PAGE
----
Posts Tagged 'Challenges'

March 29, 2012

SoftLayer Singapore - The Impact of Automation

We hosted our first quarterly networking event in Singapore yesterday, and as I spoke with the partners, prospects, customers and SLayers in attendance, I heard some incredible stories about struggles with scaling infrastructure and how SoftLayer has revolutionized the way our customers look at their physical and virtual infrastructure. As we talked about our experiences, one of my own "war stories" came to mind, and I got to share it:

On on a Sunday afternoon in March 2002, an earthquake hit Taiwan. It measured 6.8 on the Richter scale, and it shook buildings across the island, flattening some of them and wreaking general havoc in cities. Beyond the visible damage it caused, it took out the fiber landing stations in Taiwan, cutting off Asia Pacific Internet traffic from the US. Typically when a fiber cable system is cut, telcos will scramble to re-route their traffic to the next available path, but because North Asia was crippled by the quake, all Internet traffic in Asia was being routed through Australia, causing major congestion down under, resulting in virtually zero Internet connectivity to the rest of the world.

At that time, I was VP of Sales for a leading Singapore-based hosting company. I received a call on my sales hotline at 7am on the morning after the earthquake. The caller was the CEO of a major gaming company in Australia, and he sounded desperate. All his servers — hosted in the US at the time — were unreachable, and he had been calling hosting companies all over Asia to buy some dedicated servers to host the game for his Asian customers. While I couldn't help him when it came to getting connectivity to his servers in the US, I thought it would be easy to accommodate his request for hardware based in Asia.

I asked him what server configurations he needed, and he detailed 20 identical servers that needed to be up and running for his gaming application within 24 hours, highlighting that he was losing thousands in revenue by the day. He explained that the projected revenue loss would exponentially increase to thousands per hour if the game remained offline for 24 hours more. He gave me his RAM, hard disk, OS and Database requirements, and he added, "We need all of them to be on Woodcrest!"

I remember vividly saying, "Woodcrest what? Oh, yes, yes, we have those!" I told him I'd get back to him, hung up the phone and went straight to our provisioning manager. We stock to provide 20 servers, but we didn't have any Woodcrest CPUs. There was no way we could locate, rack and provision the requested servers 24 hours ... The best we could commit to was 10 days. Obviously, that wasn't going to work, but I wasn't discouraged. I was going to solve the problem.

I managed to scrape together 20 Woodcrest CPUs from different local electronics retailers, and after wrangling cheques from the finance department and getting the CEO to apply pressure the provisioning manager, I was able to "fast-track" the servers to a four-day provisioning time. When all was said and done, he was able to bring his game back online after losing out on 8 days of business. Despite the losses, being able to turn around that kind of order that "quickly" made me pretty proud.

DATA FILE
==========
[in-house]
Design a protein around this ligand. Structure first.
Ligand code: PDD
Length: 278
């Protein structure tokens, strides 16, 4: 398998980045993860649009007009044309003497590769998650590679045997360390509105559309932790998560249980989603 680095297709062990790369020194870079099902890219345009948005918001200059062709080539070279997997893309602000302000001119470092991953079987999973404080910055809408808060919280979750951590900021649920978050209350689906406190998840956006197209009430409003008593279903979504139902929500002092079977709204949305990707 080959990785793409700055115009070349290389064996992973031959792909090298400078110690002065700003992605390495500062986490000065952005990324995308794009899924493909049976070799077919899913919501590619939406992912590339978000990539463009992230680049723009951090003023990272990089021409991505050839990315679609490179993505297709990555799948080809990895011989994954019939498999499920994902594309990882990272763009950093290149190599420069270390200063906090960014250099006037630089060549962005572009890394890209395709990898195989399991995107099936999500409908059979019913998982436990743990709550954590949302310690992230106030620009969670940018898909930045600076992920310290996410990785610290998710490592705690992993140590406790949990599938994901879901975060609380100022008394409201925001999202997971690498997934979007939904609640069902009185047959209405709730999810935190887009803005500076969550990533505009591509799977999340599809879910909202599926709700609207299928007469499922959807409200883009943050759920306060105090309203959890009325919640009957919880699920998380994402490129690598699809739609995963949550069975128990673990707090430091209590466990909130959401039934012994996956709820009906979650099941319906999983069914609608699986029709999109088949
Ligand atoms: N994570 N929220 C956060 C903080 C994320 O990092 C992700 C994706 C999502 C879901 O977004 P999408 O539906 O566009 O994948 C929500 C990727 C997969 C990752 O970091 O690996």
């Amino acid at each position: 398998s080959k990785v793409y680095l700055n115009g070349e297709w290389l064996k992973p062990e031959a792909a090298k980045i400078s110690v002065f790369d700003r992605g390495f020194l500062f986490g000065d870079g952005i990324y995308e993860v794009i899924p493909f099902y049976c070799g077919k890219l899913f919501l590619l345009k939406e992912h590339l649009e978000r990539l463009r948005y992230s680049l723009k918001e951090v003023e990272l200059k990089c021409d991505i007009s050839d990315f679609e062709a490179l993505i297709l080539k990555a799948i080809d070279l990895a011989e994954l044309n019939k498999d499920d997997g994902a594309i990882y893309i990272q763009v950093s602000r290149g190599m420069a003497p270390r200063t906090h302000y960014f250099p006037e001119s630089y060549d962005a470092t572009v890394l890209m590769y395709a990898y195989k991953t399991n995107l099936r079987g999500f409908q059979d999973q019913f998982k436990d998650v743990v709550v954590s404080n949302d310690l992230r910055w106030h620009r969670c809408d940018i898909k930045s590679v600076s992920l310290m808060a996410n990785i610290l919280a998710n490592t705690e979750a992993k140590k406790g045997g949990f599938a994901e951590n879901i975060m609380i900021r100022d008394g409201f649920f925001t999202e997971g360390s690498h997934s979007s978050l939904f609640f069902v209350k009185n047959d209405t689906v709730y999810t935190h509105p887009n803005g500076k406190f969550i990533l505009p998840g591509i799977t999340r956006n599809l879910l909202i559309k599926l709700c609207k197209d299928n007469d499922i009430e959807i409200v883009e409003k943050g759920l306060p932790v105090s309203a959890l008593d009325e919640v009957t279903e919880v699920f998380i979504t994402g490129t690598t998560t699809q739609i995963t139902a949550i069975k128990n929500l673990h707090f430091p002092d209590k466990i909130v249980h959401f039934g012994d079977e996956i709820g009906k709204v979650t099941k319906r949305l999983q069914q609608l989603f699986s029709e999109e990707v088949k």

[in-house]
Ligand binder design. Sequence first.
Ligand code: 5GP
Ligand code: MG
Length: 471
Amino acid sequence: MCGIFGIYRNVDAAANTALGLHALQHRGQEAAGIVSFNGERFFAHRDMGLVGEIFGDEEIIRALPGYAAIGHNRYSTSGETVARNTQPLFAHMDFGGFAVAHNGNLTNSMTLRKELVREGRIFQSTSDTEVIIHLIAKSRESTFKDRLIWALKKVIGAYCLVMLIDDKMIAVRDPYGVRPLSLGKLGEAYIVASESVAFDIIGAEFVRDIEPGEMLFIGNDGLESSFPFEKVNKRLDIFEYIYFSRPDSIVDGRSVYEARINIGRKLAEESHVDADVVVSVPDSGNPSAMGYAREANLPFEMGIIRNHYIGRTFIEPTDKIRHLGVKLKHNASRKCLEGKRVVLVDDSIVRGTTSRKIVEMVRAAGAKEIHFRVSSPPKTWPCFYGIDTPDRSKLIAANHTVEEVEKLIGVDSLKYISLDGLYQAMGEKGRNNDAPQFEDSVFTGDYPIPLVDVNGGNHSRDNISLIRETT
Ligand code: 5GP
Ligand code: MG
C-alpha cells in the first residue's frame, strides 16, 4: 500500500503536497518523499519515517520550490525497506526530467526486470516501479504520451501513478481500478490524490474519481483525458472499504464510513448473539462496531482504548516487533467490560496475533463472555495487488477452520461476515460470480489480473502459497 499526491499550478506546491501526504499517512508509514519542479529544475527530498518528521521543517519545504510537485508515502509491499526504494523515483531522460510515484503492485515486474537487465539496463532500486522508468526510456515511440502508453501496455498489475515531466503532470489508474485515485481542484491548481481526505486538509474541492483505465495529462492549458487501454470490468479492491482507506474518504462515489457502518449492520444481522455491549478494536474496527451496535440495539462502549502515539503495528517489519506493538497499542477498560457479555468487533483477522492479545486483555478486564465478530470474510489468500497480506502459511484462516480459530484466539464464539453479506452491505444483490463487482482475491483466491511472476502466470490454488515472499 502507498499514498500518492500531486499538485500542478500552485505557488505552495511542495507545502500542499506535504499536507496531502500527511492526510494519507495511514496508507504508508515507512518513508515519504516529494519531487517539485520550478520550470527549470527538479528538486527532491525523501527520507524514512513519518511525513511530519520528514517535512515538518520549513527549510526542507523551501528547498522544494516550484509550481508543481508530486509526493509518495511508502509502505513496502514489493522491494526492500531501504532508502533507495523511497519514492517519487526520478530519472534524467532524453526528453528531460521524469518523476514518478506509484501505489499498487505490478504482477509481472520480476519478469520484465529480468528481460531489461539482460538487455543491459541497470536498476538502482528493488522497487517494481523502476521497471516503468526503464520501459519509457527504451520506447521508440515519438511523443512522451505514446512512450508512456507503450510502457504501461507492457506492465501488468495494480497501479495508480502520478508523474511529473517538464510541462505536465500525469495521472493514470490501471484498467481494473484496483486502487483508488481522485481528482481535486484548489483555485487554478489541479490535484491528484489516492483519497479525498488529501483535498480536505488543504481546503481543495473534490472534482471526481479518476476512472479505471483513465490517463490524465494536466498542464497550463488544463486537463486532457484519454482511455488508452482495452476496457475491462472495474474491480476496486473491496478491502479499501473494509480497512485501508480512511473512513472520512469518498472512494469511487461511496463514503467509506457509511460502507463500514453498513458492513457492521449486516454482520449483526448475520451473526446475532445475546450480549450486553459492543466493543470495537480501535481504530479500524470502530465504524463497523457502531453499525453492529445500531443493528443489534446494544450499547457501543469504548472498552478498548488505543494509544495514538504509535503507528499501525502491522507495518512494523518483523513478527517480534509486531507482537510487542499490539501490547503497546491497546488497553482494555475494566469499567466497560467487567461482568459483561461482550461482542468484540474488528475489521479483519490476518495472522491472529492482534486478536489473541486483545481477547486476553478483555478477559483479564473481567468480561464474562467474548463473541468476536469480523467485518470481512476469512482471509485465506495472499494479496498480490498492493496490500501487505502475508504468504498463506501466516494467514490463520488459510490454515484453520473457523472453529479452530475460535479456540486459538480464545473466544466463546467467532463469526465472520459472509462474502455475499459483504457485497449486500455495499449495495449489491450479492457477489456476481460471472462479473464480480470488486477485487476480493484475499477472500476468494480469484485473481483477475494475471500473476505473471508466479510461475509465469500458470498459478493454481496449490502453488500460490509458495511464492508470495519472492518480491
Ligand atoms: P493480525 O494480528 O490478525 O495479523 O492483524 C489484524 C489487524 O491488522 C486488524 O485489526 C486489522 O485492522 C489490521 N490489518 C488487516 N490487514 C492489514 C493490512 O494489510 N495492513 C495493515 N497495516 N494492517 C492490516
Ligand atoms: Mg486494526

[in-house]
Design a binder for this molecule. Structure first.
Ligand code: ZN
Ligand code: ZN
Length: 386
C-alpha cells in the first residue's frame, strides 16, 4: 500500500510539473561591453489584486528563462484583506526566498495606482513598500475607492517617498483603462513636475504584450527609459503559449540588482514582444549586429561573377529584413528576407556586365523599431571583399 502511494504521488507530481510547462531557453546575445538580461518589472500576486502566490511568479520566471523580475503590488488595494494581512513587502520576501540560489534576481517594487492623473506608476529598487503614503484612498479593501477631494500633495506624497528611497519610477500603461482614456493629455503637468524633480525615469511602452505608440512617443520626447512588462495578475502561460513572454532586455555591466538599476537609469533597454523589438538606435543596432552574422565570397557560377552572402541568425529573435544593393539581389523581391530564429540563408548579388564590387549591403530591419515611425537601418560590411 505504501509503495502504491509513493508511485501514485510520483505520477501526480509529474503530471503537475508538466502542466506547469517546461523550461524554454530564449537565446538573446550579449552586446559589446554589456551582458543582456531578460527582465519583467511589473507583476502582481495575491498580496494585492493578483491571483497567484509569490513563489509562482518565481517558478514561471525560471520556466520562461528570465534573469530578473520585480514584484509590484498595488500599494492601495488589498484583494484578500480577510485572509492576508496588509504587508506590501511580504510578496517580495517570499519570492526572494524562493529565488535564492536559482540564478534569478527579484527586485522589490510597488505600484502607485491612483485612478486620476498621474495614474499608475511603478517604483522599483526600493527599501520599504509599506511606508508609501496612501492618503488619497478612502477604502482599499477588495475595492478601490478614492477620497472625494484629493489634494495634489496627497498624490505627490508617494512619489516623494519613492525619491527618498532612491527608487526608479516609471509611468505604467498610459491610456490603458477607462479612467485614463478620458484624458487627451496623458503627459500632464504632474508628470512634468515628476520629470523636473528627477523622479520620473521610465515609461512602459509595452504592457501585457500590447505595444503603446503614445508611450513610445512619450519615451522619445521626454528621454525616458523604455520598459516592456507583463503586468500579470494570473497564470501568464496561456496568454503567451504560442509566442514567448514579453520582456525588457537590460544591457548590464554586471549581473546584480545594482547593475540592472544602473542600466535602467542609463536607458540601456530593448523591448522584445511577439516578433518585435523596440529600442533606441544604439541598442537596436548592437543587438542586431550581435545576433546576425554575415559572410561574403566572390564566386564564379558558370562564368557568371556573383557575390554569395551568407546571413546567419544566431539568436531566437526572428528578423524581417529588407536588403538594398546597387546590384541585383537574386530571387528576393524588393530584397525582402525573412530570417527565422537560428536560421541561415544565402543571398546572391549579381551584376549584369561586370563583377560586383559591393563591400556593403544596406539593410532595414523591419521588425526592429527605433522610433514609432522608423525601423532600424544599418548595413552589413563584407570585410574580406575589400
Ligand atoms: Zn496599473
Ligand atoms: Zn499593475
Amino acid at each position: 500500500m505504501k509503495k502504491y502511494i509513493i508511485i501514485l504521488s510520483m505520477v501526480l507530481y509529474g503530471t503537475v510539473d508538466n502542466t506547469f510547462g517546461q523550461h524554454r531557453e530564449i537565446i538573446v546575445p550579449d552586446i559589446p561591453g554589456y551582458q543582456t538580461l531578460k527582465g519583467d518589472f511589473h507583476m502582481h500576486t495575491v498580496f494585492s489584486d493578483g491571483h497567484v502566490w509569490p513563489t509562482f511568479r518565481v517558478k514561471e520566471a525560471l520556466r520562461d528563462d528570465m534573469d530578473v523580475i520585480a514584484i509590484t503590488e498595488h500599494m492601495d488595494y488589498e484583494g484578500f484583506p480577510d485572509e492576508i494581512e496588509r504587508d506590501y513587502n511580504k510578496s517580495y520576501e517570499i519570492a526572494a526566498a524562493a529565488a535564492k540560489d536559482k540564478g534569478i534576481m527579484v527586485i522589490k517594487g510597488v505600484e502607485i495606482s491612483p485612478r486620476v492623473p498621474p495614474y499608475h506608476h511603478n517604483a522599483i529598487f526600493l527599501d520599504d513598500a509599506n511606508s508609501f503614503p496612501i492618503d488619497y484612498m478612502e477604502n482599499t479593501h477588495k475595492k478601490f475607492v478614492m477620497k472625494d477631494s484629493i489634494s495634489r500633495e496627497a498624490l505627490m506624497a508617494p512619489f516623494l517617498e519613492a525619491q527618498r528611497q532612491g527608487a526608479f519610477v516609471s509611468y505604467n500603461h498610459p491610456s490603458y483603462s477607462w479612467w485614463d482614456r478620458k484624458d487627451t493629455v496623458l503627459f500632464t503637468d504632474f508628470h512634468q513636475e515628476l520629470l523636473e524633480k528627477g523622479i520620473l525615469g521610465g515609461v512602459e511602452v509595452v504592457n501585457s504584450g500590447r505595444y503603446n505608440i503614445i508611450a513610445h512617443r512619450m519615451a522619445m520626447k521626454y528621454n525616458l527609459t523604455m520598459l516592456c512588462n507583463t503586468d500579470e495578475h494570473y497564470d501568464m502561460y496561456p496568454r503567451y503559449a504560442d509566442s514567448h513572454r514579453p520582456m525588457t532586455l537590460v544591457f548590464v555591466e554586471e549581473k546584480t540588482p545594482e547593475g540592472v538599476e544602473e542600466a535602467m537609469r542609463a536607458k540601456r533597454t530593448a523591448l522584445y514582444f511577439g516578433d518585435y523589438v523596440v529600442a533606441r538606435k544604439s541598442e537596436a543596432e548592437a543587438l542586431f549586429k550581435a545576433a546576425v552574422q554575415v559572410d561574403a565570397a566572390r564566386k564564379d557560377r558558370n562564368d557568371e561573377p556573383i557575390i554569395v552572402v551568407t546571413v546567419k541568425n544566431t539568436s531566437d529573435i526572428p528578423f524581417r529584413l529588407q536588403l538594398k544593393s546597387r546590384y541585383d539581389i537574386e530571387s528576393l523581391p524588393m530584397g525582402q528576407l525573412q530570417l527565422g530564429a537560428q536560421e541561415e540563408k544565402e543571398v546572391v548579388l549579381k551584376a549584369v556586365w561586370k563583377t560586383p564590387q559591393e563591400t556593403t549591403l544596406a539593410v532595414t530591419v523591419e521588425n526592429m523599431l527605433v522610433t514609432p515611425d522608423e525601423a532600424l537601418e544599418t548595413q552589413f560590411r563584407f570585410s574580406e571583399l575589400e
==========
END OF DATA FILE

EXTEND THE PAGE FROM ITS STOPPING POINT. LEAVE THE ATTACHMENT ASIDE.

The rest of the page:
10 years later, I can't believe how much things have changed.

SoftLayer automates almost all of the manual processes, and we're able to provision a dedicated servers in 2-4 hours. While that's a pretty impressive feat, it's even more amazing when you consider that we can bring up 20, 50 or 100 dedicated servers in the same time frame. Just look at what OMGPOP was able to do when their "Draw Something" app was downloaded 36 million times. That's what automation is all about. Anything that we can automate, we automate, and that makes for an unbeatable user experience.

If someone came to us today with the an urgent order similar to the one I dealt with in 2002, the entire interaction above would boil down to, "What specs do you need? *typing* Here's your order number. You can expect the machines to be provisioned within 4 hours." We'd be off the phone by about 7:20am, and by noon, all of the servers would be online and hosting the game. The craziest part is that we're not even satisfied with that turnaround time yet. Our commitment is to continue to innovate, automate and empower our customers through our customer portal and APIs, and because our goals are to get better and serve our customers faster, the carrot will always be in front of us ... the same way UPS has a philosophy of "constructive dissatisfaction."

I want to thank everyone who came to our networking event yesterday. I hope you learned a little something about SoftLayer because I certainly learned a lot about our customers in the dozens of conversations I had. If you weren't able to attend and want to see what you missed, we posted a few pictures on Flickr: SoftLayer Singapore - Quarterly Networking Event - March 28, 2012

SoftLayer Singapore

Do you have any infrastructure horror stories from the past like mine?

-Michael

November 10, 2010

The Custom-Made Cloud